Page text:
Like most antique dealers, Ve Nette Tivey got into the business of collecting relics as a hobby.

But her interests in sterling silver got out of hand, and she's glad they did.Tivey, of Santa Barbara, Calif., is in Utah along with 64 other exhibitors and antique dealers for Salt Lake's Fall Antiques Show and Sale in the Expo Mart, 230 W. Second South.

Walter C. Larsen, San Francisco, is producer of the show, which continues Sunday from noon to 5 p.m.

Tivey brought 7,000 to 7,500 pieces of flatware for her table display, including a hand-chased French fish service made in 1842.

"Beauty is in the eye of the beholder," Tivey said as she brought out many pieces of flatware and serving sets.

Chuck Hovis and his son, Bill, Carmichael, Calif., display American turn-of-the-century and Victorian-style furniture, ranging from a $65 chair to a $5,895 dental cabinet. The latter all-walnut showpiece was made in New York state and dates to about 1850.

For antique buffs who relish gazing at or buying a wide variety of items, a Kansas City antique dealer has an eyeful of exhibits, including a $35,000 French gold dore, vitrine-style cabinet, made about 1860.

Complete with curved glass sides, a glass dome and solid bronze decorative molding, the cabinet is highly ornate - to suit antique buyers with the most expensive tastes.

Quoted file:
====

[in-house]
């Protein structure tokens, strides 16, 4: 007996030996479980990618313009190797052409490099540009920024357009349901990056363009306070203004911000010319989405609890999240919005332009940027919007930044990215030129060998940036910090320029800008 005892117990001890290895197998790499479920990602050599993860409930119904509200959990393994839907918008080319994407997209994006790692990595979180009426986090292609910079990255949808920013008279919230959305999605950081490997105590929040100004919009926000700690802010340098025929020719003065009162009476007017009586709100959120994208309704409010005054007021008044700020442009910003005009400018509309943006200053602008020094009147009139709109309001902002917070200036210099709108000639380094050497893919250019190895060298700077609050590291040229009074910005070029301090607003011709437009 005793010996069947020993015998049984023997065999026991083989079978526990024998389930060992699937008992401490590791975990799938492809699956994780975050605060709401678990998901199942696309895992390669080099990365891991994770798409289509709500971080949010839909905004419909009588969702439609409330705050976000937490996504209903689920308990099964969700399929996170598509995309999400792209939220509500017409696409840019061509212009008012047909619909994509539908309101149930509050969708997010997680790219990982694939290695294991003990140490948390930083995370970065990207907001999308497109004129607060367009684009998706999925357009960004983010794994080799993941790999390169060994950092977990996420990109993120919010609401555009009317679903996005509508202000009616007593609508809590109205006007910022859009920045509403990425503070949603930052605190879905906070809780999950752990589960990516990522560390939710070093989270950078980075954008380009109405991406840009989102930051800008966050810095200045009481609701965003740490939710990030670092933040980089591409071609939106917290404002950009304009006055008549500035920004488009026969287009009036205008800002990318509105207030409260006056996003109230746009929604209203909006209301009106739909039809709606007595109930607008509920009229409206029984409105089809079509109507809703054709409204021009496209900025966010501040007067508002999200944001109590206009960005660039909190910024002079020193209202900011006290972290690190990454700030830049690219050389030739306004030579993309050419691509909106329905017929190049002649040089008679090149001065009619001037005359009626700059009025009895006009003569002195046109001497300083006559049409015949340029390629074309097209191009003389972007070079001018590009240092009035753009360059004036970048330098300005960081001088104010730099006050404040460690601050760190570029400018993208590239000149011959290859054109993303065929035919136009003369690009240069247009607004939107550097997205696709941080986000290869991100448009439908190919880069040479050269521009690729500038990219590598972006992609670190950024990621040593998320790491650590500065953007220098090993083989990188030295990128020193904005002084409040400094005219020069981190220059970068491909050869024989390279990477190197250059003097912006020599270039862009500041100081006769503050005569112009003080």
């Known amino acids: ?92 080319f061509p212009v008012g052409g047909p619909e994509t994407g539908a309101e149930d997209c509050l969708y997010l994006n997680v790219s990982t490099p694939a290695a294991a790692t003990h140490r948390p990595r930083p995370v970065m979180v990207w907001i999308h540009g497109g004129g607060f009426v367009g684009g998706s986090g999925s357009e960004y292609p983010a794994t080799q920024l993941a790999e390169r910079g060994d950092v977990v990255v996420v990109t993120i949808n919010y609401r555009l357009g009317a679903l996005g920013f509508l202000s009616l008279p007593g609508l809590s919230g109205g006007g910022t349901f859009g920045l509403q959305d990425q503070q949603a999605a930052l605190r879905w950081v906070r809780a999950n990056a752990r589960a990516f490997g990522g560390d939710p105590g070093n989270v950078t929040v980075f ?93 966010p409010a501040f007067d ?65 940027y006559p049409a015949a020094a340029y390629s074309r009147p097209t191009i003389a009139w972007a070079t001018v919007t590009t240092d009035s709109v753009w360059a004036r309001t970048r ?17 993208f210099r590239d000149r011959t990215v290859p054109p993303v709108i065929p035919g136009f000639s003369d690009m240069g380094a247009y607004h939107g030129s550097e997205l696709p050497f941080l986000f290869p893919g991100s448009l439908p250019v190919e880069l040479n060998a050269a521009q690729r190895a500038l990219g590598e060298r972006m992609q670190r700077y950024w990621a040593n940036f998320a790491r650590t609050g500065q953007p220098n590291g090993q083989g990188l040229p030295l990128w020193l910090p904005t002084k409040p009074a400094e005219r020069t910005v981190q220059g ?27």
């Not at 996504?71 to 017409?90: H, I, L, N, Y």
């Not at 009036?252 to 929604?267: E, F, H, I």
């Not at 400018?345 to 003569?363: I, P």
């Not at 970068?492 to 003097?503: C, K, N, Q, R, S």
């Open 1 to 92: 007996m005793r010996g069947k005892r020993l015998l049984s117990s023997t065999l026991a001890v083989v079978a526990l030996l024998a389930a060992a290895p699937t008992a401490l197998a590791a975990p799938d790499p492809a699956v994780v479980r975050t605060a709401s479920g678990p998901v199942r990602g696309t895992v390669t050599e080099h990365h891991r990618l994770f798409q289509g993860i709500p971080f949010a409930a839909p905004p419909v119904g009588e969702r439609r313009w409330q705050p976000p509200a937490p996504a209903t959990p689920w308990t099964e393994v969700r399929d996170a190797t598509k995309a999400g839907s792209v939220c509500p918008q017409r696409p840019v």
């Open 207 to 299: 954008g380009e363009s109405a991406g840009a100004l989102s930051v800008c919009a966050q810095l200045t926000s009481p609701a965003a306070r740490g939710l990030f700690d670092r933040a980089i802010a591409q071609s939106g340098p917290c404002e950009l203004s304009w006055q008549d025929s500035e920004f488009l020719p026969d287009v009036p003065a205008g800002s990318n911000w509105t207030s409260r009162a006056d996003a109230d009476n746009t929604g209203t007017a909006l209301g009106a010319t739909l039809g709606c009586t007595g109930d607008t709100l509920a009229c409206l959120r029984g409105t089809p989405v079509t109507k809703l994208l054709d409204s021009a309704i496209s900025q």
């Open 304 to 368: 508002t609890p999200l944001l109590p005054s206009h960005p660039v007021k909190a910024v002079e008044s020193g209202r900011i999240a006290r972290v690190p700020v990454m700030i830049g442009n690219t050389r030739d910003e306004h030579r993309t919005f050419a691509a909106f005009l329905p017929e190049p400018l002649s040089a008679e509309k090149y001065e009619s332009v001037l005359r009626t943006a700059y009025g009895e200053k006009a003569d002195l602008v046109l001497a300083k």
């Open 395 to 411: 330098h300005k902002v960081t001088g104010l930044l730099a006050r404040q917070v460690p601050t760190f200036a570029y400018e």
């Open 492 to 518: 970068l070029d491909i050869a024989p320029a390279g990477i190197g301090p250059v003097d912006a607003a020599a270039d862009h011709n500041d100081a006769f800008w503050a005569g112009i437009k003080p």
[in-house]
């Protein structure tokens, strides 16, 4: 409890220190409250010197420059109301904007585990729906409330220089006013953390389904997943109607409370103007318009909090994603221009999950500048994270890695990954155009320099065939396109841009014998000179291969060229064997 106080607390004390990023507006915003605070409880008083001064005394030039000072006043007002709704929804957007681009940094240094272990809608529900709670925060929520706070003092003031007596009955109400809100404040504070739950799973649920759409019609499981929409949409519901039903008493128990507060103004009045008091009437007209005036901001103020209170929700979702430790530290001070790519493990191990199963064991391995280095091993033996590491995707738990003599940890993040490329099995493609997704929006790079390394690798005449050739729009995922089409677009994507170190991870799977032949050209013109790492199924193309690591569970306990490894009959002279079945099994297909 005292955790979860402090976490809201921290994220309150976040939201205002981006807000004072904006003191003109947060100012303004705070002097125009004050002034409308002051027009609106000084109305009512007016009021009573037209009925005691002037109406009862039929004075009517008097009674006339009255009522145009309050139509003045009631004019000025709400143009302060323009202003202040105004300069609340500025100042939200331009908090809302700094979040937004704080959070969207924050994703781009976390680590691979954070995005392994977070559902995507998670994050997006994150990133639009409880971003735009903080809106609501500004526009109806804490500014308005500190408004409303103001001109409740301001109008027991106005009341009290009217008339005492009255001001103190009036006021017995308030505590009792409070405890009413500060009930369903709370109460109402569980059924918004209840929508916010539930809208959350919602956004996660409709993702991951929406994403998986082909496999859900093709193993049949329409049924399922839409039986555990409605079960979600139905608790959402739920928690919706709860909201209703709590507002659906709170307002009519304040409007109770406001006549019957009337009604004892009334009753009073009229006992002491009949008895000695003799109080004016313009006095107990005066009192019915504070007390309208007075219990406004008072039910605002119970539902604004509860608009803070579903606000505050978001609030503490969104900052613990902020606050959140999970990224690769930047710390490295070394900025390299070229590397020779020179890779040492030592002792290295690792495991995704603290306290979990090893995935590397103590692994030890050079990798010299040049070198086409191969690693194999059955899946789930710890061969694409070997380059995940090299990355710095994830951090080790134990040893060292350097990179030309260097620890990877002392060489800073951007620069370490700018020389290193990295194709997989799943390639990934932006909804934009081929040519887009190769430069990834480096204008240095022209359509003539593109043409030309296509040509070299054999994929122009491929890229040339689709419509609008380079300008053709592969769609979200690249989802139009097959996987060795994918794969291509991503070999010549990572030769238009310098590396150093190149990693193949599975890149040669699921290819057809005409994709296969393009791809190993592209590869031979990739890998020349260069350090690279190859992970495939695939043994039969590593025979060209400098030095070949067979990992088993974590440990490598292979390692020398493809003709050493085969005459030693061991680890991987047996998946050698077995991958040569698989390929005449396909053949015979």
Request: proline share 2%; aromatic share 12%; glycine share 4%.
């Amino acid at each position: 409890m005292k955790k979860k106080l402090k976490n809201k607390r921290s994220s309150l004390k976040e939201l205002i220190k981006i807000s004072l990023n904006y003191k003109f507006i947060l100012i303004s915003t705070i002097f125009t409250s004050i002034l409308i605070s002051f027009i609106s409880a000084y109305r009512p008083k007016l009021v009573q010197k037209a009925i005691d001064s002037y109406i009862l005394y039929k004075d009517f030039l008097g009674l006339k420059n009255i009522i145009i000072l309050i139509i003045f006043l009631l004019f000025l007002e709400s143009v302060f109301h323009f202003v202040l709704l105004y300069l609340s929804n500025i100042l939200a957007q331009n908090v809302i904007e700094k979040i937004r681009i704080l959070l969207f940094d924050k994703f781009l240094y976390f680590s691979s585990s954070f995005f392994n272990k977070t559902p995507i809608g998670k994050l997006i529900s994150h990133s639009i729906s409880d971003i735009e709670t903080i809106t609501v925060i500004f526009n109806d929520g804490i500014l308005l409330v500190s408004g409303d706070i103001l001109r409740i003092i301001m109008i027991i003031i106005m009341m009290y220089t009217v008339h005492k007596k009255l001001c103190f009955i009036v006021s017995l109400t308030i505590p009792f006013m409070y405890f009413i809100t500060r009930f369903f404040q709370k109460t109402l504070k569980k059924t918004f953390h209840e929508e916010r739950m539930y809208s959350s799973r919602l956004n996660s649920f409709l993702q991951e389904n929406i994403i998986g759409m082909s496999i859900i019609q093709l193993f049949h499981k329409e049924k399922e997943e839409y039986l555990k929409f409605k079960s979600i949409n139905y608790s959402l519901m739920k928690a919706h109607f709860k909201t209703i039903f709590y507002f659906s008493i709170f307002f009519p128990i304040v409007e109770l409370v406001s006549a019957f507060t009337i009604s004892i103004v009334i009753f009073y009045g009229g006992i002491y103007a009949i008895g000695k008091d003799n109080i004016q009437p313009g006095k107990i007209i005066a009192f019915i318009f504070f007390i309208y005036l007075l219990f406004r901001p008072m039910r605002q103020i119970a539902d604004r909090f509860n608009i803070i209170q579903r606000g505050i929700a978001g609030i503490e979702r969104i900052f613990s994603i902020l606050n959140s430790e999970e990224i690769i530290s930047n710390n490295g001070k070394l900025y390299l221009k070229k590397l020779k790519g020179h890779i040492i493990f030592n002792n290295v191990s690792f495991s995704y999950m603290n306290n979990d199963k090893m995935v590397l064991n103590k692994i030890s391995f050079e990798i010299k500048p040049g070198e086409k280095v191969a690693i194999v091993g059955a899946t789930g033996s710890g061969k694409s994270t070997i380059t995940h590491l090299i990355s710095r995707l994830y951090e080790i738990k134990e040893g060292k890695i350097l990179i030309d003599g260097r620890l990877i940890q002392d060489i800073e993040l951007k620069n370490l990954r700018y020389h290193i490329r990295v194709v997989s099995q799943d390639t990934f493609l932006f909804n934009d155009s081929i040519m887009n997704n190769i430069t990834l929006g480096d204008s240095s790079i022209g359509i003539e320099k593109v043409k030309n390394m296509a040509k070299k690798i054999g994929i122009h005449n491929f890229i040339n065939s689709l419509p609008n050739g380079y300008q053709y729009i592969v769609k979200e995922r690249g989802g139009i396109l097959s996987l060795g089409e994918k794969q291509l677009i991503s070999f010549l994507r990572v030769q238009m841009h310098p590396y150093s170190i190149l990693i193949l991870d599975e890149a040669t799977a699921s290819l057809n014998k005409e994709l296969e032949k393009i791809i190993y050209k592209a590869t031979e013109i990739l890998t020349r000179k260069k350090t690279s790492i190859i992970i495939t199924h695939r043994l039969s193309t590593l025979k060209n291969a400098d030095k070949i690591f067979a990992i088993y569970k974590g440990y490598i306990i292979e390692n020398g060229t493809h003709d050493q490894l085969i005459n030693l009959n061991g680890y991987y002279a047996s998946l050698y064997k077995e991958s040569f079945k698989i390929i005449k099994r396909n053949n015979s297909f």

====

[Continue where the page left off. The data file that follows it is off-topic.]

Also included are 10 to 12 K.P.M. (King's Porcelain Manufacturers) plaques, all copies of original paintings and ranging in price from $2,000 to $35,000. Also available are about 25 18th and 19th century Meissen porcelain figures.

Jim and Bernice Wagner, Saratoga, Wyo., enjoy showing visitors many general-store antiques. They include railroad lanterns of various vintages; a California sled, made about 1920; a jack-jumper sled, made about 1800; a dough box, used for raising bread; a rope maker, dated 1911; a whiffle tree, patented in 1895; a maple kitchen cabinet made in the mid-1800s; a chicken egg incubator; a "Little Giant" fruit juicer, patented in 1881; waffle irons made in the early 1900s; and a loggers' measure, used for determining the number of board feet in a log.

Lee Braunberger, Ridgefield, Wash., has just the thing for those who love inspecting or buying old buttons, lace, beads and a potpourri of other items.

Braunberger, who has been collecting and selling antiques for about 18 years, says she probably has the largest selection of buttons of anyone west of the Mississippi. Her collection of some 100,000 buttons includes gilded, Navajo silver, cameo-carved buttons and Italian mosaics. The list goes on and on.

Larsen, who has produced antique shows for many years in Salt Lake City, said the exhibit contains the largest collection of furniture of any show in the West. He said a number of specialists in restoring glassware, vases and other materials are at the show.

"We have some real specialists who (are available) if you have a problem with a vase. Just don't glue it together. Take it to a professional restorative artist. We have at least four different people at the show where people can get help," he said.